The region has been the scene of deadly Pakistani army operations, U.S. drone attacks, and militant attacks.

Pashtuns make up the majority of recruits and members of Pakistani-based militant groups such as the Afghan Taliban, the Haqqani network, and the Pakistani Taliban.

But PTM supporters say civilians have borne the brunt of the violence, and claim Pashtuns have been the targets of the army and the ISI, two powerful bodies that have an oversized role in the country.

Pakistan’s government and military have said they are taking steps to address the protesters’ demands.

The Golos logo

Human Rights Watch (HRW) says the recent arrest of a Russian activist shows the authorities’ unwillingness to rein in “abusive tactics” by the state-affiliated television station NTV.

In a statement on May 24, the New York-based human rights watchdog said that NTV, owned by the Russian-state gas company Gazprom, is “notorious for harassing human rights activists and political opposition members and broadcasting smear campaigns against them.”

The statement by Hugh Williamson, the Europe and Central Asia director at HRW, came days after Roman Udot, a board member of the independent Golos (Voice) election-monitoring group, was arrested by police in Moscow.

Williamson said the move stemmed from an incident in March 2018, when NTV reporters descended on Udot at a Moscow airport and peppered the activist with questions on camera.

“During the heated exchange, Udot used aggressive language toward the reporter, calling out the station’s earlier efforts to get at him through his mother. He then filed a privacy complaint with the police,” he said.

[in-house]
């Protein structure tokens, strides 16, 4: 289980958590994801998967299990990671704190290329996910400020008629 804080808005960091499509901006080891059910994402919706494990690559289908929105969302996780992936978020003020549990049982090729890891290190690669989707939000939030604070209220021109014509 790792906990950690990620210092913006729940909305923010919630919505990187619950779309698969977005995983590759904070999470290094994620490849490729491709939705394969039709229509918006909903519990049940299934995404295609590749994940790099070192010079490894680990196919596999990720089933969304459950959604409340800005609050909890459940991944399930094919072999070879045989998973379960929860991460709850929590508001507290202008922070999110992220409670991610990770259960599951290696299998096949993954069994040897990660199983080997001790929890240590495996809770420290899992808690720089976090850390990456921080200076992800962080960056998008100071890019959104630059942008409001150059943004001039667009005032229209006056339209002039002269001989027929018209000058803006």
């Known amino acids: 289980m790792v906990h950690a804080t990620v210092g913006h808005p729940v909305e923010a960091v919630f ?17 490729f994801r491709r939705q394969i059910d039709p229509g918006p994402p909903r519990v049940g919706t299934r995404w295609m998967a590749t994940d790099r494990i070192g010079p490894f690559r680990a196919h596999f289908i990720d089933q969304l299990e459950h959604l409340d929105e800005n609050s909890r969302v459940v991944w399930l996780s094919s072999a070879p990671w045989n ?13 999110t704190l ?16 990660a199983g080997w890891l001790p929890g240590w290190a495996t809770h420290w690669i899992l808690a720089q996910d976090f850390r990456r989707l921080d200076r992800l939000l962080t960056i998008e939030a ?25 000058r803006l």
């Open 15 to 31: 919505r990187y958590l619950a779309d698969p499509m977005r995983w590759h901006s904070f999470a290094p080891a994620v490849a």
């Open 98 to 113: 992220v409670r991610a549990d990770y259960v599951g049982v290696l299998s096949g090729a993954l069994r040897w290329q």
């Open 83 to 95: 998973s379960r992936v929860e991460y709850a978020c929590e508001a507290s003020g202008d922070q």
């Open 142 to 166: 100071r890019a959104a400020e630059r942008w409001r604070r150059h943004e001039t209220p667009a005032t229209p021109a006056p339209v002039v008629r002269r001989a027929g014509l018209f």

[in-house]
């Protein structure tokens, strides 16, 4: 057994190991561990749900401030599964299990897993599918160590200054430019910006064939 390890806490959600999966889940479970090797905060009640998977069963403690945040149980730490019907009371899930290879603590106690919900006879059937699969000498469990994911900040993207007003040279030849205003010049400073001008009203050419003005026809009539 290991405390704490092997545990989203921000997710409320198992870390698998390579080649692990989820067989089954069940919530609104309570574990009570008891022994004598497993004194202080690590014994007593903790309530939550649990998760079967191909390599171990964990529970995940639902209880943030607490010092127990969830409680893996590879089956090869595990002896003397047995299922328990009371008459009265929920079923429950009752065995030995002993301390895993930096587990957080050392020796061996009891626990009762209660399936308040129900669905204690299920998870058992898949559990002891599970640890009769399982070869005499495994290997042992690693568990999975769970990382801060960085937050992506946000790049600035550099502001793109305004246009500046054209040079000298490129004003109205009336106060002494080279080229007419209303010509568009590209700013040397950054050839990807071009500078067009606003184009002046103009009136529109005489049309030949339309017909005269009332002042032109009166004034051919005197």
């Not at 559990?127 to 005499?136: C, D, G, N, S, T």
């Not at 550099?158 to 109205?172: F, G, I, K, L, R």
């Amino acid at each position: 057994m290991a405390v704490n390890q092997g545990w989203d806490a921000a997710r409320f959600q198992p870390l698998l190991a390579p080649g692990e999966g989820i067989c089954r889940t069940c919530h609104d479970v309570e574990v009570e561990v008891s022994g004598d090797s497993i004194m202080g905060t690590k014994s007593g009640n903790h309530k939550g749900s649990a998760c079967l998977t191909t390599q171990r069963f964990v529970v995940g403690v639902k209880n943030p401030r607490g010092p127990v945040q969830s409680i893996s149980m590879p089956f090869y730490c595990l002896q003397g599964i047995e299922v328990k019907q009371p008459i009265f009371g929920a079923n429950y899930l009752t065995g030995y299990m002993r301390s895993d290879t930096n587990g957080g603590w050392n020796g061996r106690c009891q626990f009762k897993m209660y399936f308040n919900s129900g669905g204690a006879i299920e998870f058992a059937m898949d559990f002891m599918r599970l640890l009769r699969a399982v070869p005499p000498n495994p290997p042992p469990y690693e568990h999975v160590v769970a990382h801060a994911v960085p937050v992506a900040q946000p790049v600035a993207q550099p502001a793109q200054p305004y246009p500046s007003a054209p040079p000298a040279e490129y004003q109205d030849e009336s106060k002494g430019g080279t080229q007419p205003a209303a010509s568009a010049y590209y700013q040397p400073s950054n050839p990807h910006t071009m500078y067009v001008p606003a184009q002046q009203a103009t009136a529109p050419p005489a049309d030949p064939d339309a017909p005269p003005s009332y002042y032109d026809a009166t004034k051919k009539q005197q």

Meanwhile, police opened a criminal case against Udot for threatening the reporter’s life.

The case was suspended while Udot was on an extended trip abroad. But when he returned to Russia earlier this month, he filed a request to reopen the case to tell his account of what happened.

And on May 20, Udot was questioned, detained, and placed under house arrest by the authorities.

If convicted, he faces up to two years in prison, according to HRW.

NTV -- and the Russian authorities -- began targeting Golos in 2011 for its monitoring of the country’s parliamentary elections, Williamson said.

Six years ago, Golos became the first NGO to be fined under the controversial 2013 law requiring all NGOs that receive foreign funding and engage in political activity to register as "foreign agents."

At the time, Golos said it was being targeted for uncovering widespread violations in the 2011 parliamentary elections and the 2012 presidential vote, which handed Vladimir Putin a third presidential term.

NTV has since broadcast films “smearing Golos staffers with misrepresenting the facts or falsely portraying them as paid agents of foreign powers,” Williamson said. “To get footage, NTV reporters have aggressively stalked Golos activists, including Udot, and their families and interfered with their privacy.”

He quoted Golos as saying that law enforcement may be sharing surveillance data with the TV station.

“At least two Golos activists relocated because of their ordeal. Udot chose not to, and his ordeal continues,” Williamson added.